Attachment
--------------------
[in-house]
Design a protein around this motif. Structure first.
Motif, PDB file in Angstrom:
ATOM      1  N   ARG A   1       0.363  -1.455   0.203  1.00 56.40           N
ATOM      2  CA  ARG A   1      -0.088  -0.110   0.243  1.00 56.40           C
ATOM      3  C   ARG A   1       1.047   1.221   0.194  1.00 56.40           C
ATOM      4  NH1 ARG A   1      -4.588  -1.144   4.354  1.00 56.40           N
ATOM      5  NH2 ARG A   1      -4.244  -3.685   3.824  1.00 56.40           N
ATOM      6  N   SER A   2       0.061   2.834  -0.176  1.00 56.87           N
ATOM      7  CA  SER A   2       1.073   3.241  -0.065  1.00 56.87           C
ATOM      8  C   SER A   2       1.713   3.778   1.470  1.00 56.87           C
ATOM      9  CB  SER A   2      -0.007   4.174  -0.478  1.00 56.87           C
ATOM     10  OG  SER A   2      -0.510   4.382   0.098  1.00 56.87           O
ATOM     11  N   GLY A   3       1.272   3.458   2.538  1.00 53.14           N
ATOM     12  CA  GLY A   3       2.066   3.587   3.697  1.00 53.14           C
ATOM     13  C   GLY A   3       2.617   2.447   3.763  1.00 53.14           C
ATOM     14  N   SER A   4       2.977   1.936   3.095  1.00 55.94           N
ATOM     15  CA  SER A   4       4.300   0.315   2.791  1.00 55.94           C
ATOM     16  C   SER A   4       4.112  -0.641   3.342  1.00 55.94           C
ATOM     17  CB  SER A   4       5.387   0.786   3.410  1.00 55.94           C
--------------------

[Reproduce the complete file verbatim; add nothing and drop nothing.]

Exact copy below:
[in-house]
Design a protein around this motif. Structure first.
Motif, PDB file in Angstrom:
ATOM      1  N   ARG A   1       0.363  -1.455   0.203  1.00 56.40           N
ATOM      2  CA  ARG A   1      -0.088  -0.110   0.243  1.00 56.40           C
ATOM      3  C   ARG A   1       1.047   1.221   0.194  1.00 56.40           C
ATOM      4  NH1 ARG A   1      -4.588  -1.144   4.354  1.00 56.40           N
ATOM      5  NH2 ARG A   1      -4.244  -3.685   3.824  1.00 56.40           N
ATOM      6  N   SER A   2       0.061   2.834  -0.176  1.00 56.87           N
ATOM      7  CA  SER A   2       1.073   3.241  -0.065  1.00 56.87           C
ATOM      8  C   SER A   2       1.713   3.778   1.470  1.00 56.87           C
ATOM      9  CB  SER A   2      -0.007   4.174  -0.478  1.00 56.87           C
ATOM     10  OG  SER A   2      -0.510   4.382   0.098  1.00 56.87           O
ATOM     11  N   GLY A   3       1.272   3.458   2.538  1.00 53.14           N
ATOM     12  CA  GLY A   3       2.066   3.587   3.697  1.00 53.14           C
ATOM     13  C   GLY A   3       2.617   2.447   3.763  1.00 53.14           C
ATOM     14  N   SER A   4       2.977   1.936   3.095  1.00 55.94           N
ATOM     15  CA  SER A   4       4.300   0.315   2.791  1.00 55.94           C
ATOM     16  C   SER A   4       4.112  -0.641   3.342  1.00 55.94           C
ATOM     17  CB  SER A   4       5.387   0.786   3.410  1.00 55.94           C